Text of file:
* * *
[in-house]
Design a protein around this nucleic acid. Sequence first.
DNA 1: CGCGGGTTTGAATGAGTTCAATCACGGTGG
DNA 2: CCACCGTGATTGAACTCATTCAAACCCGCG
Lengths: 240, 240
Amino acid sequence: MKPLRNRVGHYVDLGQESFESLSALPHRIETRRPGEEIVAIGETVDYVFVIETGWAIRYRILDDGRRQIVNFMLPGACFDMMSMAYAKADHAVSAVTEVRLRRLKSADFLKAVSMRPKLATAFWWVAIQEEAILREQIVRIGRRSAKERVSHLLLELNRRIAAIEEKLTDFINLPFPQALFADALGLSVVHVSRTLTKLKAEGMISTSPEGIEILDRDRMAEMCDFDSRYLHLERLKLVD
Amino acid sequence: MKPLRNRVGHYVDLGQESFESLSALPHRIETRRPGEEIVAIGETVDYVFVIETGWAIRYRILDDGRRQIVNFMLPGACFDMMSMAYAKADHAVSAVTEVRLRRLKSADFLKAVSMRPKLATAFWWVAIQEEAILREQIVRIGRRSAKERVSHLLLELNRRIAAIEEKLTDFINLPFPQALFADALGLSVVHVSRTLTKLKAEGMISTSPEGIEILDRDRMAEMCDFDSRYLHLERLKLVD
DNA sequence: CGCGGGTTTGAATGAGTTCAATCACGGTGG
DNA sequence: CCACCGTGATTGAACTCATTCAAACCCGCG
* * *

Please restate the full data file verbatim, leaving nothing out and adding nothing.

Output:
[in-house]
Design a protein around this nucleic acid. Sequence first.
DNA 1: CGCGGGTTTGAATGAGTTCAATCACGGTGG
DNA 2: CCACCGTGATTGAACTCATTCAAACCCGCG
Lengths: 240, 240
Amino acid sequence: MKPLRNRVGHYVDLGQESFESLSALPHRIETRRPGEEIVAIGETVDYVFVIETGWAIRYRILDDGRRQIVNFMLPGACFDMMSMAYAKADHAVSAVTEVRLRRLKSADFLKAVSMRPKLATAFWWVAIQEEAILREQIVRIGRRSAKERVSHLLLELNRRIAAIEEKLTDFINLPFPQALFADALGLSVVHVSRTLTKLKAEGMISTSPEGIEILDRDRMAEMCDFDSRYLHLERLKLVD
Amino acid sequence: MKPLRNRVGHYVDLGQESFESLSALPHRIETRRPGEEIVAIGETVDYVFVIETGWAIRYRILDDGRRQIVNFMLPGACFDMMSMAYAKADHAVSAVTEVRLRRLKSADFLKAVSMRPKLATAFWWVAIQEEAILREQIVRIGRRSAKERVSHLLLELNRRIAAIEEKLTDFINLPFPQALFADALGLSVVHVSRTLTKLKAEGMISTSPEGIEILDRDRMAEMCDFDSRYLHLERLKLVD
DNA sequence: CGCGGGTTTGAATGAGTTCAATCACGGTGG
DNA sequence: CCACCGTGATTGAACTCATTCAAACCCGCG